• Education
  • Health
  • Things to do

How to plant seeds of interest in your kids for backyard gardening

  • Posted
Child's hands planting a small seedling in dirt outside

In this article, you’ll find answers to questions like:

1. How to get my kids involved?
2. What are the easiest veggies to grow?
3. How do flowers help our garden?

Looking for a fresh project everyone can enjoy at home? A garden can be as easy as growing seeds in your windowsill to then plant outside. Eventually, you can harvest and cook homegrown vegetables as a family and hopefully root a lifelong interest in healthier eating.

1. HOW TO GET MY KIDS INVOLVED?

Fragrant potted herbs, such as basil, dill and rosemary, are quick and easy to pick up at local garden/hardware stores and farmer’s markets. Simply planting beans allows young children to observe the germination process, says Jenny Drake, 2019 Green Teacher of the Year for Palm Beach and Martin counties.

“The sprout grows into a bean plant relatively quickly, and it’s such fun to eat the bean from a plant that you planted yourself,” she says.

Drake’s students at West Gate Elementary in West Palm Beach begin to understand the gardening roles of soil, moisture, air and heat by making living seed necklaces from the Palm Beach County Earth Day 2020 Activity Guide using cotton balls, sandwich bags, yarn, water and radish seeds.  

Get your children hooked by inviting them to sketch or paint a design for your garden and encourage creativity, says Amy Wagenfeld, director of environment for Memory Trees in West Palm Beach. For example, a repurposed boot with drainage holes punched in the sole adds whimsy to a simple outdoor container garden.

Wagenfeld’s nonprofit organization conducts an afterschool program that teaches children the basics of gardening.

“Send children on a treasure hunt to look at vegetable seeds/seedlings online or in catalogs and learn about what could grow in South Florida. Let them take the lead in selecting what to grow,” she says, noting research shows that produce grown by children is what they are most willing to eat. “Empower them to be the teachers; we can all learn from our children.”

2. WHAT ARE THE EASIEST VEGGIES TO GROW?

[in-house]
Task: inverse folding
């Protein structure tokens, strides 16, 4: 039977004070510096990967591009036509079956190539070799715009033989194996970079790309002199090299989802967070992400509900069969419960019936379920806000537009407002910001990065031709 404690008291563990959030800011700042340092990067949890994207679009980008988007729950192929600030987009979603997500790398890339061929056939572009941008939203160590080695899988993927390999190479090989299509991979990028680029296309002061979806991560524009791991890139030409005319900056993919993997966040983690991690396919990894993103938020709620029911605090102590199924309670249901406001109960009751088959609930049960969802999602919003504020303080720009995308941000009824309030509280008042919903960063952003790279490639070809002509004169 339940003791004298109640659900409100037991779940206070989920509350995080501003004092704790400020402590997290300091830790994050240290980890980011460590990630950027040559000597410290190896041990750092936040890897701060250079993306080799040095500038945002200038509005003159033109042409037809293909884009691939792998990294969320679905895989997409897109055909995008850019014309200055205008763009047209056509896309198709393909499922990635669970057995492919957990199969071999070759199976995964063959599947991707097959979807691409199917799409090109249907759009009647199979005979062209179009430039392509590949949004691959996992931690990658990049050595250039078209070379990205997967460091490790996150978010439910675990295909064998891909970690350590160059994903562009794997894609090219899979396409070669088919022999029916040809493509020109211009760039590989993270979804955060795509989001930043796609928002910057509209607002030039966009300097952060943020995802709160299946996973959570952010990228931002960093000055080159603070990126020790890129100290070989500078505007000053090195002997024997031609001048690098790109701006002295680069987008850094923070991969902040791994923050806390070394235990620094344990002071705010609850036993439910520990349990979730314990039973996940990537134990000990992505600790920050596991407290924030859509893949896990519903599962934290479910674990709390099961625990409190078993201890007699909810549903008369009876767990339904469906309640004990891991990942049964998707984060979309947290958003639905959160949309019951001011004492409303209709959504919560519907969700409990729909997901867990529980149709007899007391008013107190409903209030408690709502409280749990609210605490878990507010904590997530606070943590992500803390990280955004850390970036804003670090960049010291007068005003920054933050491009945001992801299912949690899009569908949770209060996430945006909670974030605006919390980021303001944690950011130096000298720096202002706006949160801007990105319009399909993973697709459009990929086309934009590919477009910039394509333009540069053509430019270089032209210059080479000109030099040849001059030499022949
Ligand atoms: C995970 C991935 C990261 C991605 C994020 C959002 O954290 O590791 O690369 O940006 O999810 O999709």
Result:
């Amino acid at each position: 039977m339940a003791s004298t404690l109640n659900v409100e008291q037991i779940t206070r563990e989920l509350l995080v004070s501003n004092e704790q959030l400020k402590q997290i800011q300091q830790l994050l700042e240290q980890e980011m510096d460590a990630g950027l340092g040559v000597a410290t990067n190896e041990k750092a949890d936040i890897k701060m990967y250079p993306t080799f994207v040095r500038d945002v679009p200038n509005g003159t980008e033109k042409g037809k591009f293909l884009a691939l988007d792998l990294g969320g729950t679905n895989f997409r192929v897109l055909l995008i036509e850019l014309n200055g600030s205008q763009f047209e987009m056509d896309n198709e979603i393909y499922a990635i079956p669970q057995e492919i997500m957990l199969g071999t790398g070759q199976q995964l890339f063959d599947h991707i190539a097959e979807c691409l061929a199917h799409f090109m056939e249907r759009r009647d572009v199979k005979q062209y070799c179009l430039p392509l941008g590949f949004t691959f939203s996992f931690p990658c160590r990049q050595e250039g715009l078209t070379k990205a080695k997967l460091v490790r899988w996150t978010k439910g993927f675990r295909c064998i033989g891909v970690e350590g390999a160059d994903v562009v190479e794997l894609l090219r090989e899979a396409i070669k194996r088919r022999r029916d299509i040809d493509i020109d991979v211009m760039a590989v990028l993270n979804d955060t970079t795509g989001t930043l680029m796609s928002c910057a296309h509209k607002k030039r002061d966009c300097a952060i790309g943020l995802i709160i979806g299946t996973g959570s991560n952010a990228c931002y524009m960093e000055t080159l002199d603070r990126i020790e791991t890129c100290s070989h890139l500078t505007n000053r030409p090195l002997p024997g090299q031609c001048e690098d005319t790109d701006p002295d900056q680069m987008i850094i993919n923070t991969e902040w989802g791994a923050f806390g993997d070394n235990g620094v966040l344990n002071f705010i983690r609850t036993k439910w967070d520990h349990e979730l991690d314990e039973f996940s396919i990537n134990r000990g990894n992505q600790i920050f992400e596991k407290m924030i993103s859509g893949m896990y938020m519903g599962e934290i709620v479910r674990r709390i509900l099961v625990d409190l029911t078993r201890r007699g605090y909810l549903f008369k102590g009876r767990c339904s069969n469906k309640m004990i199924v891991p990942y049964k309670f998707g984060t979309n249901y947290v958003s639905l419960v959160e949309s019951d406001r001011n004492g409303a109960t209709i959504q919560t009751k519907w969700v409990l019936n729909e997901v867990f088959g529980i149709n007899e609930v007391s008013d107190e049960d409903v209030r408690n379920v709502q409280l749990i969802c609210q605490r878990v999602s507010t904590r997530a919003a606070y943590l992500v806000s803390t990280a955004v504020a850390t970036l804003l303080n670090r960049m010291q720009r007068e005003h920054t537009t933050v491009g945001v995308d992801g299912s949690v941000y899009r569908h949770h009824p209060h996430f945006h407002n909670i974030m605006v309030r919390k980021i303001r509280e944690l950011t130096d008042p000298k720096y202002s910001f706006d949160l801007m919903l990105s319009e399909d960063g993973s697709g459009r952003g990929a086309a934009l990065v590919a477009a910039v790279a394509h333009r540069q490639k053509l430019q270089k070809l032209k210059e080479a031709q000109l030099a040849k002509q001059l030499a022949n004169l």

Beans, collards and onions are examples of easy-to-grow local vegetables, Wagenfeld says.

The Institute of Food and Agricultural Sciences Extension at University of Florida offers this helpful list of the top 12 easiest seasonal vegetables to grow in South Florida.

Thanks to Florida’s perpetual warm weather, our growing season is year-round. Consult the university’s Florida Fresh free app for planting times and cooking tips. Click here to download it for iOS or click here for Android.

 3. HOW DO FLOWERS HELP OUR GARDEN?

"Flowers attract butterflies and bees that are important pollinators, which enable many of our vegetables to grow,” Drake says. “Without flowers, we wouldn't attract butterflies and bees. Without butterflies and bees, we wouldn't have many of our fruits and vegetables.”

Native wildflowers are the best choice, according to the university. Pick your favorites here from 50 varieties.

Certain flowers also can deter pests. “For instance, planting a ring of marigolds around a vegetable garden is an effective way to keep rabbits out of the garden,” she says.

Flowers also are a great element for creative activities, such as making bouquets and botanical paper, as described on KidsGardening.org. The website offers a wealth of how-to for garden design and nurturing and protecting growth, as well as all kinds of garden-sourced fun projects such as building terrariums and making edible art from fruits and veggies.

SOURCES:

• Jenny Drake, teacher and Green Team/Green Club founder, West Gate Elementary School
• Amy Wagenfeld, director of environment, Memory Trees

 

Back to listing

For a listing of all resources, click here.
You May Also Enjoy
  • BLOG: Nature fosters family bonding and mental well-being

    Parks are a great way to explore nature and exercise. But did you know visiting one of Palm Beach County's 80 parks and facilities could improve your family's mental health as well? Read on for insight from our local expert.

  • It's a beautiful day in the neighborhood to explore nature

    If it’s not possible to visit a local natural area or wildlife sanctuary, you can explore your yard with your children. When you slow down, you may be surprised to find things you’ve never noticed before in your own neighborhood! Let our local expert advise you how to learn more about them here.

  • BLOG: Virtual activities help children engage with the arts during the summer

    It can be hard to keep the kids engaged during the long, hot summer. These virtual arts and cultural activities can help stimulate their minds - and occupy their time, safely.